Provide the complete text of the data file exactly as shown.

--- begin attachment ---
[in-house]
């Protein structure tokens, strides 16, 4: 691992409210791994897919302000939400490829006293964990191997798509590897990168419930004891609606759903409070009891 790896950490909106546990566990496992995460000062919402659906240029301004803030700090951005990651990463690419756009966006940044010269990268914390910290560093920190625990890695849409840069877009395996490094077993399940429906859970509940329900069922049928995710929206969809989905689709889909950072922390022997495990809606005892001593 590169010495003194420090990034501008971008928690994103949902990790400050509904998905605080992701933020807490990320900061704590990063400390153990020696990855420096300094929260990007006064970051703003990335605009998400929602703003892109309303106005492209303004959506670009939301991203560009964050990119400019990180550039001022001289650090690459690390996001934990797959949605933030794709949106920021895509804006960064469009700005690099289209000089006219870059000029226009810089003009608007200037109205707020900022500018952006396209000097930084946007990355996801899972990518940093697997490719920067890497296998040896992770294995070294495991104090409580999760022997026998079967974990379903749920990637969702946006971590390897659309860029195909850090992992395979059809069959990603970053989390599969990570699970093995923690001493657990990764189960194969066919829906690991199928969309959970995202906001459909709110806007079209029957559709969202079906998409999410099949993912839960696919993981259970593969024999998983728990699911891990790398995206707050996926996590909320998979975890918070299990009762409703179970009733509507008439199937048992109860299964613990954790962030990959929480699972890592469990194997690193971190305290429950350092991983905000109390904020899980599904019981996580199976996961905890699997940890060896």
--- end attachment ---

[in-house]
């Protein structure tokens, strides 16, 4: 691992409210791994897919302000939400490829006293964990191997798509590897990168419930004891609606759903409070009891 790896950490909106546990566990496992995460000062919402659906240029301004803030700090951005990651990463690419756009966006940044010269990268914390910290560093920190625990890695849409840069877009395996490094077993399940429906859970509940329900069922049928995710929206969809989905689709889909950072922390022997495990809606005892001593 590169010495003194420090990034501008971008928690994103949902990790400050509904998905605080992701933020807490990320900061704590990063400390153990020696990855420096300094929260990007006064970051703003990335605009998400929602703003892109309303106005492209303004959506670009939301991203560009964050990119400019990180550039001022001289650090690459690390996001934990797959949605933030794709949106920021895509804006960064469009700005690099289209000089006219870059000029226009810089003009608007200037109205707020900022500018952006396209000097930084946007990355996801899972990518940093697997490719920067890497296998040896992770294995070294495991104090409580999760022997026998079967974990379903749920990637969702946006971590390897659309860029195909850090992992395979059809069959990603970053989390599969990570699970093995923690001493657990990764189960194969066919829906690991199928969309959970995202906001459909709110806007079209029957559709969202079906998409999410099949993912839960696919993981259970593969024999998983728990699911891990790398995206707050996926996590909320998979975890918070299990009762409703179970009733509507008439199937048992109860299964613990954790962030990959929480699972890592469990194997690193971190305290429950350092991983905000109390904020899980599904019981996580199976996961905890699997940890060896």